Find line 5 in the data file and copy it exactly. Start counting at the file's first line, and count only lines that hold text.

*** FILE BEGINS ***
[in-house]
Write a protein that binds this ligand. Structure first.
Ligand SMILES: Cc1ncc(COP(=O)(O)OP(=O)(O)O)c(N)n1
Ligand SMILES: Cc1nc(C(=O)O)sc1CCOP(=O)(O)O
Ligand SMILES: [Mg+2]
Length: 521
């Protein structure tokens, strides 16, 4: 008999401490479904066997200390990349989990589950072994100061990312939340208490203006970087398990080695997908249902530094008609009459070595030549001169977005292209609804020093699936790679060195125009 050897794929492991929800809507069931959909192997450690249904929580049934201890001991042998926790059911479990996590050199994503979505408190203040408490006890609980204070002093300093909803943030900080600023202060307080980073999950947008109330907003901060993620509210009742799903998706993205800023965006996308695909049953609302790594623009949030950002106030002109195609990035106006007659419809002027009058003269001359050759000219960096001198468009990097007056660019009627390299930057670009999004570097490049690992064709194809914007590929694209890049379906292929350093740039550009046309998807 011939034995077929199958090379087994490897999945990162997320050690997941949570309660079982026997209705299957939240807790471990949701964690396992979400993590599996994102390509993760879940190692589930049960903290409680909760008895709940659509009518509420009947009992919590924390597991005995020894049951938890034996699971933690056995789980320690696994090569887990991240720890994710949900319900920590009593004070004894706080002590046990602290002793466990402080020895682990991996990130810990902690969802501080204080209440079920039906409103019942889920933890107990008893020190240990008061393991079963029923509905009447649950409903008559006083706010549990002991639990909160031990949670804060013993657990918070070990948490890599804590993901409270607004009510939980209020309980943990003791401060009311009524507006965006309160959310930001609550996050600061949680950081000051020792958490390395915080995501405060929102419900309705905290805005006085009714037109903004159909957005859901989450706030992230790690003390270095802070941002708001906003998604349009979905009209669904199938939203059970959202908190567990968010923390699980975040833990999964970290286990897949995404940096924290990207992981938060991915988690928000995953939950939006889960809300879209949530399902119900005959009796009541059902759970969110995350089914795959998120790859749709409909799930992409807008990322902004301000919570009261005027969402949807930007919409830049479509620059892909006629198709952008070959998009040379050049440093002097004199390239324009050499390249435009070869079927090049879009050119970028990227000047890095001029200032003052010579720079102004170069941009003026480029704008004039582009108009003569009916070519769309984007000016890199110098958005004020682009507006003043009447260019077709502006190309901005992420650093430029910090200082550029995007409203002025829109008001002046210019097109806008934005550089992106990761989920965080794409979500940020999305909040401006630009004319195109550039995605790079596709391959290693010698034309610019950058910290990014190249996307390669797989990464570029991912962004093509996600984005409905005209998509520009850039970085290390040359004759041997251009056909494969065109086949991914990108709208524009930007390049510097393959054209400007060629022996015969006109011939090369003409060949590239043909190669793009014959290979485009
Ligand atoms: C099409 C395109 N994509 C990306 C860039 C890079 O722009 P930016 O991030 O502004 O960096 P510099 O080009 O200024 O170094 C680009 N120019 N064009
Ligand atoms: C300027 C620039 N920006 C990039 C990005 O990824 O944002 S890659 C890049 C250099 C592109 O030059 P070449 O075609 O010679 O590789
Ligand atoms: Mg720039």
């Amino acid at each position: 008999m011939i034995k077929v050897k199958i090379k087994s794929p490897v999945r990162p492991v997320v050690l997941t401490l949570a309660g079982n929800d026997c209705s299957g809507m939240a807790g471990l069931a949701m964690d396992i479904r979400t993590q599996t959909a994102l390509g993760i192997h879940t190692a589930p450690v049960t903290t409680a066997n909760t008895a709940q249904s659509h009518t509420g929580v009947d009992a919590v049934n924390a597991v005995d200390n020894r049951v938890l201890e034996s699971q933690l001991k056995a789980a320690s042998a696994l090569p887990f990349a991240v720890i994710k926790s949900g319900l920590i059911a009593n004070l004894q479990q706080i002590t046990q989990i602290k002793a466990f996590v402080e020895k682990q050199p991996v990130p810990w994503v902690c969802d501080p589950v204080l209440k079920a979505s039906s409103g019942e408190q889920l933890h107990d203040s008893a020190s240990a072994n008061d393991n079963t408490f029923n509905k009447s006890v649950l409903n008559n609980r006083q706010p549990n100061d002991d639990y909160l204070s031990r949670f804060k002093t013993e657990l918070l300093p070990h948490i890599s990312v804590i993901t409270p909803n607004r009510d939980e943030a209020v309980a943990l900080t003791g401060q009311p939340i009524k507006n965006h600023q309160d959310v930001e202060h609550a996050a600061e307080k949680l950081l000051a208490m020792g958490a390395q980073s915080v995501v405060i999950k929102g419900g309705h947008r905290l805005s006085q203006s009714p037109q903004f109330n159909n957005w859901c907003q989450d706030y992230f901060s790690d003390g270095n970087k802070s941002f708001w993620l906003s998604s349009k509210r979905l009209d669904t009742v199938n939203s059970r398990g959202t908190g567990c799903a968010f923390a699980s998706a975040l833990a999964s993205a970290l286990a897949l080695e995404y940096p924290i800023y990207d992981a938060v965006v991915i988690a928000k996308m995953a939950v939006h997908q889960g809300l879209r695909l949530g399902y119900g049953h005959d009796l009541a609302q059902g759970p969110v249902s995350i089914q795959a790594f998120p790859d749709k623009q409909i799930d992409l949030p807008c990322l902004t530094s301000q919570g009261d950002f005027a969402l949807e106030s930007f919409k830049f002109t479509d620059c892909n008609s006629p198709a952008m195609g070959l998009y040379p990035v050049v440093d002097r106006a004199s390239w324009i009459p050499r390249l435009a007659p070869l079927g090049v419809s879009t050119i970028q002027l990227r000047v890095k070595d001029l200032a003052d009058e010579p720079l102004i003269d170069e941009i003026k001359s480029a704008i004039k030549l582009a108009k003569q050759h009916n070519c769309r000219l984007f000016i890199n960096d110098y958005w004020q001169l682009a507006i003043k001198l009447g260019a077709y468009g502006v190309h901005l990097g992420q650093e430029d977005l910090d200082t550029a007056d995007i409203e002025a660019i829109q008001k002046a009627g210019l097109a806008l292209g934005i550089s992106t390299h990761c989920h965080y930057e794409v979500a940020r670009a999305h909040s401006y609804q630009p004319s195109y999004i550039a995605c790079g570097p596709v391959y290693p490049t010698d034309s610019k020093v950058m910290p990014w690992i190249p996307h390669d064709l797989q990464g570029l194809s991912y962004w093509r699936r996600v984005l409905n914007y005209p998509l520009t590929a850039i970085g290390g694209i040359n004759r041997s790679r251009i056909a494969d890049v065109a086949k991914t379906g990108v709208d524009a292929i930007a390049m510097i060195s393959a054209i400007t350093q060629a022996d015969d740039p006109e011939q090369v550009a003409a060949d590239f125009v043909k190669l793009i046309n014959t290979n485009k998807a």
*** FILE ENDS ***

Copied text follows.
Ligand SMILES: [Mg+2]